Tuesday, July 1, 2014

PRETTY MAIDS ALL IN A ROW

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Legendary film director Stanley Kubrick had the audacity to make DR. STRANGELOVE: OR HOW I LEARNED TO STOP WORRYING AND LOVE THE BOMB in 1964, just a couple of years after the Cuban Missile Crisis. Kubrick's poked fun at the blackest of subject matters, nuclear war, in a brilliant and very funny film that is now widely regarded as a classic, a masterpiece of Cold War black comedy.

In 1971, film writer/producer Gene Roddenberry (yes, that Gene Roddenberry) and director Roger Vadim, made PRETTY MAIDS ALL IN A ROW, a black comedy about, among other things, statutory rape and serial murder. I guess they figured, hey, Stan got away with making fun of a touchy subject in STRANGELOVE, so why can't we do the same?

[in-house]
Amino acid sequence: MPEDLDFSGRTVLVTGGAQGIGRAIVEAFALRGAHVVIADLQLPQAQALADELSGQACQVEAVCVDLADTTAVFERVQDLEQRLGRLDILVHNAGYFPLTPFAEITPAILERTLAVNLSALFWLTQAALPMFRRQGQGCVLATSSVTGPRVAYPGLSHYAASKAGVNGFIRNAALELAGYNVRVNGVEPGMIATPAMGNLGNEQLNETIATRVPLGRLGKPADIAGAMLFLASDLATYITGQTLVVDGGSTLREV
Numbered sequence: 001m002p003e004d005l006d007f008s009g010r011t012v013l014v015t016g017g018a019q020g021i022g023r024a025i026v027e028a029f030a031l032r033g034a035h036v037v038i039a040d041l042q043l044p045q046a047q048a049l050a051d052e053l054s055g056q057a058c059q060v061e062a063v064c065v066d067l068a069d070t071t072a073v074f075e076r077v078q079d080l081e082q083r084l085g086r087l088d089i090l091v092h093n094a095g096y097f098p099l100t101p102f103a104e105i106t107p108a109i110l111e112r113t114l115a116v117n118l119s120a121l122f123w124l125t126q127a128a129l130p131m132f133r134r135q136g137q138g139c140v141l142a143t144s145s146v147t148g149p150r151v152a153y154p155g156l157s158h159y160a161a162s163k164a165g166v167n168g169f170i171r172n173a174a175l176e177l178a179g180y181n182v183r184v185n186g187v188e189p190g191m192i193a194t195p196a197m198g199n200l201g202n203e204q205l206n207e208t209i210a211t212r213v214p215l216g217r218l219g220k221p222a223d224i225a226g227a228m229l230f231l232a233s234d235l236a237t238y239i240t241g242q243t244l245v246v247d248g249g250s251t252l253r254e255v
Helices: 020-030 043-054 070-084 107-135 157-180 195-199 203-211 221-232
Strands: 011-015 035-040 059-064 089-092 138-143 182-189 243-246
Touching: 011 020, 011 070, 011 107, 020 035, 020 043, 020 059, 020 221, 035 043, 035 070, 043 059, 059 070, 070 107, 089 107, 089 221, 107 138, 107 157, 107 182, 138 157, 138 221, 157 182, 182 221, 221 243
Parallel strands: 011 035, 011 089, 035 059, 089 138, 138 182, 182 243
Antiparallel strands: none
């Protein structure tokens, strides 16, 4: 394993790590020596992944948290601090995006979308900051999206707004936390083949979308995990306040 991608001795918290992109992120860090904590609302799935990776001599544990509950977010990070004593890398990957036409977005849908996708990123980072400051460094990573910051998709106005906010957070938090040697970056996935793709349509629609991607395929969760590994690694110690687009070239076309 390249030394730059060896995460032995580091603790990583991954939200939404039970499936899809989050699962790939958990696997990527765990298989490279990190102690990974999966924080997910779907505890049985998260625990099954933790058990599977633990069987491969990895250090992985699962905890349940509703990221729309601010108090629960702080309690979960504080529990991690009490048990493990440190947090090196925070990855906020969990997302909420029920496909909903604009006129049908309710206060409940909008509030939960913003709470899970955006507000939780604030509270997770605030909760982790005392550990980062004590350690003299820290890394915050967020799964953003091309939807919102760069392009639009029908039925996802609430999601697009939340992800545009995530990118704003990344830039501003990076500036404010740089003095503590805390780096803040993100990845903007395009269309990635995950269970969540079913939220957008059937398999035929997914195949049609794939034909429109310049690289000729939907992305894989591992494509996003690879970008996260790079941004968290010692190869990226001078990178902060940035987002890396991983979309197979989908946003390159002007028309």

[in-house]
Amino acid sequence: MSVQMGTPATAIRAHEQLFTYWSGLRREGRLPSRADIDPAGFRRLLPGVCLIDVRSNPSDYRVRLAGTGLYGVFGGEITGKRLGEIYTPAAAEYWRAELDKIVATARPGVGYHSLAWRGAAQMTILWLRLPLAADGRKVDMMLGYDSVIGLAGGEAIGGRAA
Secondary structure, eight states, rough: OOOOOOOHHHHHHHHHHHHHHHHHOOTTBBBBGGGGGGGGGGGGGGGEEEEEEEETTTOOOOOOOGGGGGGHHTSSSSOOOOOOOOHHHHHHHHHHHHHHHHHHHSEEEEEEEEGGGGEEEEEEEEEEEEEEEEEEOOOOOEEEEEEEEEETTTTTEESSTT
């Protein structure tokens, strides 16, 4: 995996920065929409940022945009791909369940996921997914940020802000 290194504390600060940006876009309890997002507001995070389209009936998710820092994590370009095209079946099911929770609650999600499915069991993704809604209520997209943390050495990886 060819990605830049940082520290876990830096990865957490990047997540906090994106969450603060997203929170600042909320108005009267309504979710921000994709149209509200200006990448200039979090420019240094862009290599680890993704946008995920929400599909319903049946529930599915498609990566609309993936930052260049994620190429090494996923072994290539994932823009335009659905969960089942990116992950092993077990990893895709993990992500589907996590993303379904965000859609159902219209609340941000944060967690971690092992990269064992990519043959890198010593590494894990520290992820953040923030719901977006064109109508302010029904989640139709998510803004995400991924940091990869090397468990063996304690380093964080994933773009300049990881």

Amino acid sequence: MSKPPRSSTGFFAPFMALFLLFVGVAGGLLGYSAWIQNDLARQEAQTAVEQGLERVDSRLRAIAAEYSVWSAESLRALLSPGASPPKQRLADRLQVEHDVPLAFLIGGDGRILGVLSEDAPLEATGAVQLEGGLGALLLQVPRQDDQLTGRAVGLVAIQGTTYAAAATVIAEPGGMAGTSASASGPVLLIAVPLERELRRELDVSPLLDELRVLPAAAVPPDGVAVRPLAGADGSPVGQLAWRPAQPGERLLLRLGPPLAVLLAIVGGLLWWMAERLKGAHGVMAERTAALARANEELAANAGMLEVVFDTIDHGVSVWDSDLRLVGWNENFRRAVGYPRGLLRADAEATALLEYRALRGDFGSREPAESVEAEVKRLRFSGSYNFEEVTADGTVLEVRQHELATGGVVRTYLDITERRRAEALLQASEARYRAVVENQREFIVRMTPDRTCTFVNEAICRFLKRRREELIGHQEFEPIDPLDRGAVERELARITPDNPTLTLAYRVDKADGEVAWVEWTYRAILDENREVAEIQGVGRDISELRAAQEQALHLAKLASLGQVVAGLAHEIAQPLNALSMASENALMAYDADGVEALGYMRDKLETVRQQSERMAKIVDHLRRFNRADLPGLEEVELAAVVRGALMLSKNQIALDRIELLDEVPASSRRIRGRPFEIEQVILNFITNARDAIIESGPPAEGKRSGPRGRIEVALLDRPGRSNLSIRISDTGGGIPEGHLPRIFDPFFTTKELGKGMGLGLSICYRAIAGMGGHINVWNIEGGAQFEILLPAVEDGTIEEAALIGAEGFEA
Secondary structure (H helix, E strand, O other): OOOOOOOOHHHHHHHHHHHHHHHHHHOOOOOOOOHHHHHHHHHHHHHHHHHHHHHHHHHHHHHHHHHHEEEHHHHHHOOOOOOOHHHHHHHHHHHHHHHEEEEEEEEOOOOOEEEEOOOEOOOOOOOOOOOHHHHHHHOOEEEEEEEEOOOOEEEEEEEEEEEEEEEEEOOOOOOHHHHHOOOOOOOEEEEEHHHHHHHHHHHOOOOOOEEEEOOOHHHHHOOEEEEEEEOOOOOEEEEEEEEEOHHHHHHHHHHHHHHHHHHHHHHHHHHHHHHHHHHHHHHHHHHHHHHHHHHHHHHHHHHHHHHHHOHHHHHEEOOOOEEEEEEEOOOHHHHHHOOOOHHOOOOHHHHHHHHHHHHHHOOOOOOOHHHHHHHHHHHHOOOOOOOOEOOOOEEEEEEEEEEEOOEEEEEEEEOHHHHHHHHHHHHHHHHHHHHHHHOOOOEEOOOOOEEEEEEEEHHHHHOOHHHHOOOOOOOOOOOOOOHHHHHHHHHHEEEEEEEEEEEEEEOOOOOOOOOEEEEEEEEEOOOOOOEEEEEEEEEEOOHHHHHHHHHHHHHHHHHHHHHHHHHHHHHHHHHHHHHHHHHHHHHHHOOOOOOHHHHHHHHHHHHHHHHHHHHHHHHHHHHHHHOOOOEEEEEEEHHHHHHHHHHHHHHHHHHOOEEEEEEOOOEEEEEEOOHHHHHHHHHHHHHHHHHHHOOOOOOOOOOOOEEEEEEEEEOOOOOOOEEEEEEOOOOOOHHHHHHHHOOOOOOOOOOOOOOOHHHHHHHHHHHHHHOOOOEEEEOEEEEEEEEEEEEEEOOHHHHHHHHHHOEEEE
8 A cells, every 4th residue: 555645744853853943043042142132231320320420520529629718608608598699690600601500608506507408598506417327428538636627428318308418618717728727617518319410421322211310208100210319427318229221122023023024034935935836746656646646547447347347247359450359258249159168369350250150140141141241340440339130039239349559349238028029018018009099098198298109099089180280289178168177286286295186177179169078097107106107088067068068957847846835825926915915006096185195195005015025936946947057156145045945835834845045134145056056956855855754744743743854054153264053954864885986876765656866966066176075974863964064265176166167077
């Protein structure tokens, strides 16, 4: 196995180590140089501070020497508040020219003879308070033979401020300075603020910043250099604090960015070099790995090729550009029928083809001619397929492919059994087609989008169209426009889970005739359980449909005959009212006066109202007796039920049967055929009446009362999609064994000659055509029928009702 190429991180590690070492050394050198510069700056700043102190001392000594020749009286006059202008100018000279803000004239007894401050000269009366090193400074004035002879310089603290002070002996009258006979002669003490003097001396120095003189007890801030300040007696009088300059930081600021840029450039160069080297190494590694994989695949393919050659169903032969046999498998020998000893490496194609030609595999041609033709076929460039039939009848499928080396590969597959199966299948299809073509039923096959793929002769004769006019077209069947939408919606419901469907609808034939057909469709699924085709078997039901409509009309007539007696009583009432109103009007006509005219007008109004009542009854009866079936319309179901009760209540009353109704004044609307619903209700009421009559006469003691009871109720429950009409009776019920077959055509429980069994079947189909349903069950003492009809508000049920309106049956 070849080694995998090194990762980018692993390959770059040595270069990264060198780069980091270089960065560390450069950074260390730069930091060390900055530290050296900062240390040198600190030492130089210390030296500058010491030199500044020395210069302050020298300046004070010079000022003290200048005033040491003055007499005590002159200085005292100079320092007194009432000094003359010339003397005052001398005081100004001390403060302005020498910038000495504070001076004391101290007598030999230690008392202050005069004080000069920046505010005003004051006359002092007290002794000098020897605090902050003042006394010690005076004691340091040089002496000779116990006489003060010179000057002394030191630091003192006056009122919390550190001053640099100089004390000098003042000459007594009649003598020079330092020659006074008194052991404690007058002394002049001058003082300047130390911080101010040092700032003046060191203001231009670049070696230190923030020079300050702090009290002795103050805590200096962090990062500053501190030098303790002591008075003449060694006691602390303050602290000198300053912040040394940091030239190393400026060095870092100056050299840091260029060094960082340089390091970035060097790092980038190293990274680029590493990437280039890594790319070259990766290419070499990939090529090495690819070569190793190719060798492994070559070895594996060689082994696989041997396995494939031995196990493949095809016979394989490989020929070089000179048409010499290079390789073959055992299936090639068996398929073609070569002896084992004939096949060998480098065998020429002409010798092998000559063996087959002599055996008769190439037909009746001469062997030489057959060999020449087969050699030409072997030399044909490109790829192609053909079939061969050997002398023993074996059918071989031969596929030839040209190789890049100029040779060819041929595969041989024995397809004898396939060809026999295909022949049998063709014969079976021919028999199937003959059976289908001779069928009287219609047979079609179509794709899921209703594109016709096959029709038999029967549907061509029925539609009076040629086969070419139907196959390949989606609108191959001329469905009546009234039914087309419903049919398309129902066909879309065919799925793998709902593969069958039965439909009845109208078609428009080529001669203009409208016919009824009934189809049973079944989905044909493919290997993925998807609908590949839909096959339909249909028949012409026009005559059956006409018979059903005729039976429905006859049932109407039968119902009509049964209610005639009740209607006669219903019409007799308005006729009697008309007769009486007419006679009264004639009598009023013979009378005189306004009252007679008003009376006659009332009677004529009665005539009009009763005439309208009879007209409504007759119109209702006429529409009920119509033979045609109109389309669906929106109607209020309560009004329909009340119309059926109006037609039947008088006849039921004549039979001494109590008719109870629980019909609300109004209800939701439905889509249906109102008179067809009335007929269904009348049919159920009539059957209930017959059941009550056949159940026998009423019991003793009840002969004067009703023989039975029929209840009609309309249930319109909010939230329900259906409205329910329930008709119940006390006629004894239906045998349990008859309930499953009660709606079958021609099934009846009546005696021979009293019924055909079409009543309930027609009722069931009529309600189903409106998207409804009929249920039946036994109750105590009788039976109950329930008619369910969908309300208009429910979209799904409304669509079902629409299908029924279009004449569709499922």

The difference is, of course, that DR. STRANGELOVE is a truly great film while PRETTY MAIDS, which I watched last night for the first time in forty-three years, isn't. And I don't care that Quentin Tarantino named PRETTY MAIDS as one of his Top 10 Greatest Films of All Time in Sight & Sound magazine in 2012. QT is entitled to his opinion and so am I. I say PRETTY MAIDS is one bad, cheap looking, morally reprehensible, not-very-funny, totally icky film. And that's despite the presence of many very beautiful women.

I saw PRETTY MAIDS at the old Fox Theater on Airport Blvd. in Austin when it was first released in 1971. I think I saw it with my brother. It was a hard R rated film and it set my fifteen-year-old hormones to boiling. Set in a California high school (I was just beginning my high school years), PRETTY MAIDS is the story of Michael "Tiger" McDrew, a guidance counselor and football coach, who has some extremely progressive views on the state of high school education. Tiger is played by a shaggy haired Rock Hudson, who also sports a vintage porn star mustache. Although Tiger is married to the beautiful Barbara Leigh (they have an adorable daughter), Tiger can't keep the pony in the barn and the guidance sessions he provides to a series of beautiful high school girls involve more than just conversation. In short, he's screwing practically everything in a skirt at Oceanfront High School.